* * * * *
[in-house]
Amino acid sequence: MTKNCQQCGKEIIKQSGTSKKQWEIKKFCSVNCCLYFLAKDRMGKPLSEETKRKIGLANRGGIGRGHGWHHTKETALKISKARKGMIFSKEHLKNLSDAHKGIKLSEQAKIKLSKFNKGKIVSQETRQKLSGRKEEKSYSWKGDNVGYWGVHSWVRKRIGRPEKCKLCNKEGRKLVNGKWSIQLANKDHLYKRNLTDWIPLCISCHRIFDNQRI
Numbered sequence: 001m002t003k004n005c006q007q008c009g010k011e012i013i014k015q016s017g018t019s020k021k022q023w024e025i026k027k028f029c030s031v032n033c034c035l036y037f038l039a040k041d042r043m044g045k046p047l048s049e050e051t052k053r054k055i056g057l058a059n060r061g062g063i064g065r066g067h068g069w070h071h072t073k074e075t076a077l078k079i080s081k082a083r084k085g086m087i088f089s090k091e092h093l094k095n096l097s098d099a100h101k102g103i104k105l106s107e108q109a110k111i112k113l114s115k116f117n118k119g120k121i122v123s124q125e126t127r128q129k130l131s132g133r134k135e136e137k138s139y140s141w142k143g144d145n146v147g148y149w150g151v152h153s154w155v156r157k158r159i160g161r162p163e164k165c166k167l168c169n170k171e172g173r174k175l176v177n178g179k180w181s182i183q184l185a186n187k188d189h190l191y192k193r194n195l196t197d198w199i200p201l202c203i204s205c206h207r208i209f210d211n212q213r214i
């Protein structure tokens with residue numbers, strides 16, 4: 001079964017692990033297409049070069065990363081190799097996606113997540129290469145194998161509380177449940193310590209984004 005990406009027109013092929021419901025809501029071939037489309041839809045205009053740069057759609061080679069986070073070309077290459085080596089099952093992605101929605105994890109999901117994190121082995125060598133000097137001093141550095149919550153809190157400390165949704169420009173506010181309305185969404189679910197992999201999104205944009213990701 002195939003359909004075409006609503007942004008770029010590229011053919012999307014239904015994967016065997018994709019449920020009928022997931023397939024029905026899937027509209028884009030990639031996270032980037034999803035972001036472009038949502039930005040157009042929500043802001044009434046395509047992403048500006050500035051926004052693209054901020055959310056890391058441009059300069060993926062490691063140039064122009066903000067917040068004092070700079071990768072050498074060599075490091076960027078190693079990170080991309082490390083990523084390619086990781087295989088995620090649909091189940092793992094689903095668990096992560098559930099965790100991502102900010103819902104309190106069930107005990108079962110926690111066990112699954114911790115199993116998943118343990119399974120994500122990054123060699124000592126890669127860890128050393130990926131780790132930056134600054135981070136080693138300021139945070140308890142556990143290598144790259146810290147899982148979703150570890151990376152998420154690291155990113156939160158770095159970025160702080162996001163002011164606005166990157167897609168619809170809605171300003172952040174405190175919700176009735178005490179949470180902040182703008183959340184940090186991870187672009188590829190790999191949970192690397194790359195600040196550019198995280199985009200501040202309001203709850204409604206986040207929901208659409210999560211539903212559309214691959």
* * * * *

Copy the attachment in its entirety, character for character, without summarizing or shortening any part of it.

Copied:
[in-house]
Amino acid sequence: MTKNCQQCGKEIIKQSGTSKKQWEIKKFCSVNCCLYFLAKDRMGKPLSEETKRKIGLANRGGIGRGHGWHHTKETALKISKARKGMIFSKEHLKNLSDAHKGIKLSEQAKIKLSKFNKGKIVSQETRQKLSGRKEEKSYSWKGDNVGYWGVHSWVRKRIGRPEKCKLCNKEGRKLVNGKWSIQLANKDHLYKRNLTDWIPLCISCHRIFDNQRI
Numbered sequence: 001m002t003k004n005c006q007q008c009g010k011e012i013i014k015q016s017g018t019s020k021k022q023w024e025i026k027k028f029c030s031v032n033c034c035l036y037f038l039a040k041d042r043m044g045k046p047l048s049e050e051t052k053r054k055i056g057l058a059n060r061g062g063i064g065r066g067h068g069w070h071h072t073k074e075t076a077l078k079i080s081k082a083r084k085g086m087i088f089s090k091e092h093l094k095n096l097s098d099a100h101k102g103i104k105l106s107e108q109a110k111i112k113l114s115k116f117n118k119g120k121i122v123s124q125e126t127r128q129k130l131s132g133r134k135e136e137k138s139y140s141w142k143g144d145n146v147g148y149w150g151v152h153s154w155v156r157k158r159i160g161r162p163e164k165c166k167l168c169n170k171e172g173r174k175l176v177n178g179k180w181s182i183q184l185a186n187k188d189h190l191y192k193r194n195l196t197d198w199i200p201l202c203i204s205c206h207r208i209f210d211n212q213r214i
């Protein structure tokens with residue numbers, strides 16, 4: 001079964017692990033297409049070069065990363081190799097996606113997540129290469145194998161509380177449940193310590209984004 005990406009027109013092929021419901025809501029071939037489309041839809045205009053740069057759609061080679069986070073070309077290459085080596089099952093992605101929605105994890109999901117994190121082995125060598133000097137001093141550095149919550153809190157400390165949704169420009173506010181309305185969404189679910197992999201999104205944009213990701 002195939003359909004075409006609503007942004008770029010590229011053919012999307014239904015994967016065997018994709019449920020009928022997931023397939024029905026899937027509209028884009030990639031996270032980037034999803035972001036472009038949502039930005040157009042929500043802001044009434046395509047992403048500006050500035051926004052693209054901020055959310056890391058441009059300069060993926062490691063140039064122009066903000067917040068004092070700079071990768072050498074060599075490091076960027078190693079990170080991309082490390083990523084390619086990781087295989088995620090649909091189940092793992094689903095668990096992560098559930099965790100991502102900010103819902104309190106069930107005990108079962110926690111066990112699954114911790115199993116998943118343990119399974120994500122990054123060699124000592126890669127860890128050393130990926131780790132930056134600054135981070136080693138300021139945070140308890142556990143290598144790259146810290147899982148979703150570890151990376152998420154690291155990113156939160158770095159970025160702080162996001163002011164606005166990157167897609168619809170809605171300003172952040174405190175919700176009735178005490179949470180902040182703008183959340184940090186991870187672009188590829190790999191949970192690397194790359195600040196550019198995280199985009200501040202309001203709850204409604206986040207929901208659409210999560211539903212559309214691959």